Rindos Chronicles- End in Site? (sorry for pun)

Hugh W. Jarvis (hjarvis@ACSU.BUFFALO.EDU)
Sat, 11 Nov 1995 17:41:25 -0500

For over two years [!] I have been posting occasional updates about the
unfair treatment of Dave Rindos at the hands of the University of Western
Australia. Recently, (October 28th) a major breakthrough occurred
with the publication of a long, front-page, article in the "Review"
section of The Weekend Australian. This described, in some detail, the
serious injustices meeted out to Dr. Rindos and to the students in

Then, in a remarkable step, the article was followed-up on Monday by a
*damning* editorial calling for justice to finally prevail. I append a
copy of the editorial. I think you will agree it is pretty powerful.

Given that The Australian is apparently the major, or perhaps better said,
ONLY national newspaper in the country, their action in making public the
absurdity of what went on at UWA could not possibly help but bring this to a
long overdue conclusion (assuming that UWA has the smarts finally to
admit what everybody else in the academic world already knows -- that it
blew it, and blew it in the worst way!).

Anybody who would like to express their feeling about what has been
happening at the University of Western Australia directly to the
source should send their comments to the university's vice-chancellor.
She can be reached on:

In another development, I will soon be announcing a Web Site which will
contain the feature article mentioned in the editorial. This will be
expanded, in the very near future, into a site considering all the details
of the now notorious Archaeology Affair at the UWA. This has great
potential, not only for people interested in following this specific case
of a "University Gone Bad," from both an anthropological and general
interest perspective, but will also serve as an example of how the Web can
be applied to making information resources available in ways that were
simply not possible before.

Dave, who as we all now know did not come up to the "high academic
standards of the UWA," has told me that he is working on an ethnographic
analysis of the documents he received via Freedom of Information
processes, and will be contributing that to the site too! It all looks to
be VERY interesting. As he wrote to me: "THE important conclusion that
appears to be coming out from the ongoing analysis of the data is that, in
fact, post-modernism, has a *great deal* to offer to the construction of a
more realistic, and wholistic, cultural-selectionist model for cultural
change. I guess I would have to say I am a bit blown away by it all, but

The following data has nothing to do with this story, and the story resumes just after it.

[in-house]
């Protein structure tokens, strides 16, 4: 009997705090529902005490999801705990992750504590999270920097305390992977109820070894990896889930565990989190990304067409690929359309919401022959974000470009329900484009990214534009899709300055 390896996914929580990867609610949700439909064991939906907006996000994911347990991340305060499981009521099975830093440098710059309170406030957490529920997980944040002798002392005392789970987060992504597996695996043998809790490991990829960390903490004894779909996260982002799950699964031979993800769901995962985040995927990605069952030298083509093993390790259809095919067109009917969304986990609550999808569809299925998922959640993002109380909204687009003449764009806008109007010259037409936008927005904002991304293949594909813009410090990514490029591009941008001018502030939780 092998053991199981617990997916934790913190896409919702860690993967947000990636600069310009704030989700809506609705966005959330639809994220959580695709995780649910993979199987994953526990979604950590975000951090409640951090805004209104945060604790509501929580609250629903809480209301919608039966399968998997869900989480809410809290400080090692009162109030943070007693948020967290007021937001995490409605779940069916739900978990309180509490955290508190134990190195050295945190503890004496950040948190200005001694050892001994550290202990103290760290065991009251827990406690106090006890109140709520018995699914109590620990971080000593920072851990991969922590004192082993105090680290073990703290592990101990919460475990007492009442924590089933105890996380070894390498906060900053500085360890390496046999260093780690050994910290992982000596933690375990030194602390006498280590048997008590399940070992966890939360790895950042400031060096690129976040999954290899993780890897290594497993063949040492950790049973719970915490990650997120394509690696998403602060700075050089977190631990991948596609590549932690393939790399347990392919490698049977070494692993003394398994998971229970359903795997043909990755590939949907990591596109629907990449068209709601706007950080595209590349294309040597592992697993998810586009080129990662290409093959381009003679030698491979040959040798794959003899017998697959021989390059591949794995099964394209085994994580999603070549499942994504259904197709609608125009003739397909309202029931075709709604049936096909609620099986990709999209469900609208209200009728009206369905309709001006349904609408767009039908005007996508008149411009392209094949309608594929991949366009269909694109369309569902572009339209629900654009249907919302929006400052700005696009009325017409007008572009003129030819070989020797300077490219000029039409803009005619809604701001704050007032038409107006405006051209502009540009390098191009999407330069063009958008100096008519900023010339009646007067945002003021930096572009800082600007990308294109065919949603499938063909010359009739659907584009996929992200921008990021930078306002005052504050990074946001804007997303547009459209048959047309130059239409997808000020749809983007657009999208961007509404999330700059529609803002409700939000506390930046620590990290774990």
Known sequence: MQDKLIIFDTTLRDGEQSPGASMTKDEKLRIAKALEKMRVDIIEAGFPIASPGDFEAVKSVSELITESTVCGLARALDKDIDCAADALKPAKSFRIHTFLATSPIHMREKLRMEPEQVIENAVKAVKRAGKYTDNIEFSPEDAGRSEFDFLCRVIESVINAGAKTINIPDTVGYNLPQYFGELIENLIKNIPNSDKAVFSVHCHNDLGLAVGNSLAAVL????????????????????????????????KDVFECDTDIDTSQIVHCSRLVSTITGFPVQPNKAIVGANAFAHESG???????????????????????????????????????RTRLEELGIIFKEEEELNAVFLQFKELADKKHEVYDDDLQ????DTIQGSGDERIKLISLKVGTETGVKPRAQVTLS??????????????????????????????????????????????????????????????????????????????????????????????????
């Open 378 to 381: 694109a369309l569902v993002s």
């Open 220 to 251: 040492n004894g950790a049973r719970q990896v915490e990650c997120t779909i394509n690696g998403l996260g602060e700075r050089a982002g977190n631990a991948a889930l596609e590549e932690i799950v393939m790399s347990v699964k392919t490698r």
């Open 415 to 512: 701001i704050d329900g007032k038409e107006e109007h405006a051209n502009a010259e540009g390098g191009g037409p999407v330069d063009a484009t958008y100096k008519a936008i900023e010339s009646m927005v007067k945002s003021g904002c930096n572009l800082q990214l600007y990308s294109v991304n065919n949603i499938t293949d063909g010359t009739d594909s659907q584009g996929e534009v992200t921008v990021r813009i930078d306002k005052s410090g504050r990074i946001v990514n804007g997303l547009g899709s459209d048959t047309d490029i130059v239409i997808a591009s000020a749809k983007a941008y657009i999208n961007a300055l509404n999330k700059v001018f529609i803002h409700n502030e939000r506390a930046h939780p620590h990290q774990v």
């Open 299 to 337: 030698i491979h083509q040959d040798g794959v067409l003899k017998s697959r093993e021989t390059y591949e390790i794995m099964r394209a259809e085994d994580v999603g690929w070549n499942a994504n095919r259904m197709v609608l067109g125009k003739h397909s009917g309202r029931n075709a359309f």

that is where the data is leading. . .."

Now, here is the Editorial which appeared in Australia on Monday the 30th:

---- start of article -----

THE AUSTRALIAN, 30 October 1995


An injustice appears to have been done to Dr David Rindos by the
University of Western Australia and it needs sorting out. The university
claims to have refused him tenure because of insufficient productivity --
that is, that he had not published enough academic papers. Yet Dr Rindos,
a renowned archaeologist, has not lost his high reputation among
professionals worldwide. In view of what seems to have happened to him
during his probationary period at the university it is not surprising if
his academic work suffered.

Kate Legge's report in The Weekend Australian on Saturday shows how Dr
Rindos academic life was made unbearable. He was shunted around between
departments and kept away from the resources he needed to do his job.
Minor and major irritants were put in his way, apparently arising from
alleged problems in the archaeology department that senior academics say
were never properly investigated. Legge's account is that of a man who
was hailed as a genius when he was recruited but who became the target of
a campaign to undermine him.

There are serious problems about the way the case was handled by the
university. First, it ignored recommendations by its own internal review,
which had sought a full-scale investigation of allegations made against Dr
Rindos. Instead, the university gave two academics a brief that was
really confined to reviewing written submission, and no report was

Second, the process used by the university's tenure review committee to
assess his performance was riddled with inequity. Dr Rindos was denied
tenure on the grounds of low research output. These grounds can only be
called specious. The committee acknowledged other academics had been
granted tenure despite turning in a poorer productivity rate, but said a
"lowest common denominator" approach should not be used to judge him.
Fair enough. But the committee did not take into account the
extraordinary obstacles put in his path. Dr Rindos was pushed around by a
series of transfers and departmental mergers. He was even relegated to
the campus radio station office, with no departmental affiliation, support
staff or resources.

The tenure review committee said it could not judge whether his alleged
low output was influenced by personal limitations or outside forces.
Frankly, a committee which cannot consider such matters is not doing its
job properly. Dr Rindos has appealed to the University Visitor for his
case to be reviewed. This is the university's opportunity to put things
right. The Rindos case continues to be controversial because it was not
investigated as thoroughly as it should have been at the appropriate
time. It warrants a complete re-examination -- and if there has been an
injustice it is up to the university to admit it and take steps to rectify

---- end of article -----

Hugh Jarvis

Hugh Jarvis...hjarvis@acsu.buffalo.edu